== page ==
Natarajan belongs in an era of human endeavour shaping intelligent algorithms into the next wave of experts in healthcare, financial services, logistics, education, agriculture and factory management. What makes this paradigm shift possible is reams of data, much more than what traditional statistical reasoning can handle, fed into powerful off-the-shelf hardware. The data fuels an algorithm that has undergone rigorous apprenticeship under human experts. “We have verified Aindra’s diagnosis against 600 cases where a biopsy had been performed to confirm the presence of cancerous cells,” says Nirmal Jith, a 30-year-old data scientist at Aindra Systems who spends much of his day at the ‘lab’, peering into a black screen with undulating hills of green and red. A board lists the clinical trials underway and an NVidia GPU stares at you from behind a glass casing, effortlessly processing giant medical slides. “When we say hundreds of cases, it actually translates to thousands of samples. Each slide is broken up into a grid of 20 cells. The magnification is so high that a grid measures 1 lakh pixels by 1 lakh pixels. The algorithm detects abnormal cells at this granularity and then if the pattern is found to be repeating across other grids, the sample is flagged,” says Jith. “We can also suggest a course of action, ranging from cryofreezing to a hysterectomy, depending on the extent of the cancer and by predicting its spread.”
I had my doubts about it, but after being trained on thousands of data sets, the software is proving extremely accurate in detecting early stage cellular anomalies in asymptomatic women, says Dr Vani Ravikumar pathologist
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Aindra occupies two floors of an apartment building tucked away in an obscure part of south Bengaluru. It is as low-key as Natarajan, a quintessential conservative south Indian who refers to money as “rocket fuel to be used only when you need a huge propulsion”. On the lower floor is the team of nine that builds, maintains and productises Aindra’s cervical cancer diagnostic tool. Upstairs, in parallel, another small team, under the banner of Aindra Labs, is working on broadbasing AI for use cases ranging from risk assessment for insurance companies to plugging wastage at timber processing units. “This has been our bread and butter so far. We have seven-to-nine large clients from different industries across the world. Aindra Systems was an idealistic offshoot of our ability to build AI-based solutions where they are most needed,” Natarajan says. Aindra Labs’ annual revenues are in the range of $150,000-250,000. With the global market for healthcare artificial intelligence tools expected to cross $30 billion in five years, Natarajan hopes Aindra Systems can soon surpass the revenues of its sister concern. Among the AI startups in India that are riding the wave are Niramai Health Analytix, which uses thermal analytics for early-stage breast cancer detection; Advenio Tecnosys, which detects TB from chest x-rays; and Orbuculum, which analyses genomic data to predict cancer, diabetes and neurological disorders.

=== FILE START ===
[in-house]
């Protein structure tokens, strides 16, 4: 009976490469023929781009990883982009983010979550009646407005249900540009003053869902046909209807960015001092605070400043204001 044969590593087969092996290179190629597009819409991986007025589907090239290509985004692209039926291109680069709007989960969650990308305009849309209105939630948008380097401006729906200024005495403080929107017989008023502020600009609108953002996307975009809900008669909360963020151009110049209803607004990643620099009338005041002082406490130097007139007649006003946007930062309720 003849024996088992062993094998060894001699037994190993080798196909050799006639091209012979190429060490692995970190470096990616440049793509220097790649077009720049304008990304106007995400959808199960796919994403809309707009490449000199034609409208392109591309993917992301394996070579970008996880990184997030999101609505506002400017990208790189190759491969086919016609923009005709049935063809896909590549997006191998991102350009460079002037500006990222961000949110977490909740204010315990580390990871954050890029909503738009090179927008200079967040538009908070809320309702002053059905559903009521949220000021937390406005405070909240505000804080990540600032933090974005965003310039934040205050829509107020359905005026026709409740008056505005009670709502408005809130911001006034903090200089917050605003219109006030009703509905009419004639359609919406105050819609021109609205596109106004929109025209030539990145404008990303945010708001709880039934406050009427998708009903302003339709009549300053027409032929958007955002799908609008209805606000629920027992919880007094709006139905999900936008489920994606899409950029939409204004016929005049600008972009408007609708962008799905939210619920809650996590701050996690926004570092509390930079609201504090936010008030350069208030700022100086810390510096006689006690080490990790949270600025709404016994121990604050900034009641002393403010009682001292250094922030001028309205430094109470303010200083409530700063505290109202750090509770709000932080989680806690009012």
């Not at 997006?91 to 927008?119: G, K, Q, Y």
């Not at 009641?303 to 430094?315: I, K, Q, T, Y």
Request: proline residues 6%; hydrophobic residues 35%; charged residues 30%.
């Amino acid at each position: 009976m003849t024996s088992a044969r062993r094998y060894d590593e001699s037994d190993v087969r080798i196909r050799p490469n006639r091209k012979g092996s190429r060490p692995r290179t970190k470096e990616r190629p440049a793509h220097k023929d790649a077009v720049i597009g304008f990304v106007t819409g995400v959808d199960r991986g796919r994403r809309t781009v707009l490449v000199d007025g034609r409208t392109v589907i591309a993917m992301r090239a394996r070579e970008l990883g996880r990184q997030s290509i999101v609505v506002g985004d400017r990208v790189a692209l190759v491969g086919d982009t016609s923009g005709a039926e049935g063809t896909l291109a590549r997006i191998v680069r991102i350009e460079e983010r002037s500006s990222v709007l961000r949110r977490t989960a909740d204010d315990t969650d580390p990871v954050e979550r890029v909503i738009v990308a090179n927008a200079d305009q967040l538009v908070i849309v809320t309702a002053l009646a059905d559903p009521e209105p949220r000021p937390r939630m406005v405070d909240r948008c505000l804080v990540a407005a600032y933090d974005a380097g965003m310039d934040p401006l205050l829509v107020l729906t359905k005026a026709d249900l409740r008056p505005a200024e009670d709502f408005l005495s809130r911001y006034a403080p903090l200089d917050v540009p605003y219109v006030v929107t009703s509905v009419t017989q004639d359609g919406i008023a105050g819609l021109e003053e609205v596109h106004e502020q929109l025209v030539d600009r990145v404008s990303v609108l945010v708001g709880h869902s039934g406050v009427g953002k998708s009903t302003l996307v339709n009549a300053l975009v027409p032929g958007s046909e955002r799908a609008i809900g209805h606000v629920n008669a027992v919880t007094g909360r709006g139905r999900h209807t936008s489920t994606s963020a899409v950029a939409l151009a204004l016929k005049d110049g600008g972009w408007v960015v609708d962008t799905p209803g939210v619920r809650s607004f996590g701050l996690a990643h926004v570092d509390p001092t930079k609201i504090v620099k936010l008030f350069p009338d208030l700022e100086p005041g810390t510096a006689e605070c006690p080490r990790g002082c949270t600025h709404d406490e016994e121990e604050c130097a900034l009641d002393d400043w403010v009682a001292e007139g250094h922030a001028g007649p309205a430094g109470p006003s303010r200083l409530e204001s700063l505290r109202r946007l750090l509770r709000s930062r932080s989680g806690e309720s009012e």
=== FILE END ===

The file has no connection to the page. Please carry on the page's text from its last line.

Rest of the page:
Of these, Aindra, which does not restrict itself to healthcare, has the broadest base. No matter what problem you are dealing with, it is about the quality and the relevance of the data, Natarajan says. Subject matter expertise is critical to determining the parameters of what constitutes quality data. When a Fortune 500 company with interests in the Chilean forestry sector hired Aindra to analyse the quality of wood that was brought into its plants, it deployed its computer vision algorithms to identify below-par subcontractors but not before understanding the domain of forestry and the uses of the timber that was under scrutiny. “Each plant received 10- 20 truckloads of logs in a day and it is quite a task to inspect each piece and track it down to who brought it in. We placed cameras at strategic locations to analyse how uniform every piece of wood was, irrespective of its size, and to determine its provenance,” Natarajan says. A major Indian insurance company uses Aindra to assess the level of risk at large factory units and warehouses. The insurance sector relies on inspectors to visit a unit and to manually ascertain risk before the premium is calculated. To eliminate human subjectivity, Aindra asked the inspectors to take photos with their smartphones of fire extinguishers, the number of exits and other indicators of safety preparedness. “What we are doing is processing visual data to supplement human understanding and help in qualitative assessment,” Natarajan says. “As with human effort, in the case of machine learning, too, practice makes perfect.”
Among the emerging uses for deep learning is crowd profiling, but Natarajan draws the line at politics. He turned down a major deal with a national party, he says. “We are in this business to make the right kind of difference, although we do succumb to flights of fancy sometimes,” he says, light- heartedly discussing Aindra’s latest client: a chain of skin and hair clinics that wants them to use pictures of prospective patients and the rate of progression of their baldness to predict what they will look like a few years from now. If only it was just as easy to nudge women to get screened for cervical cancer.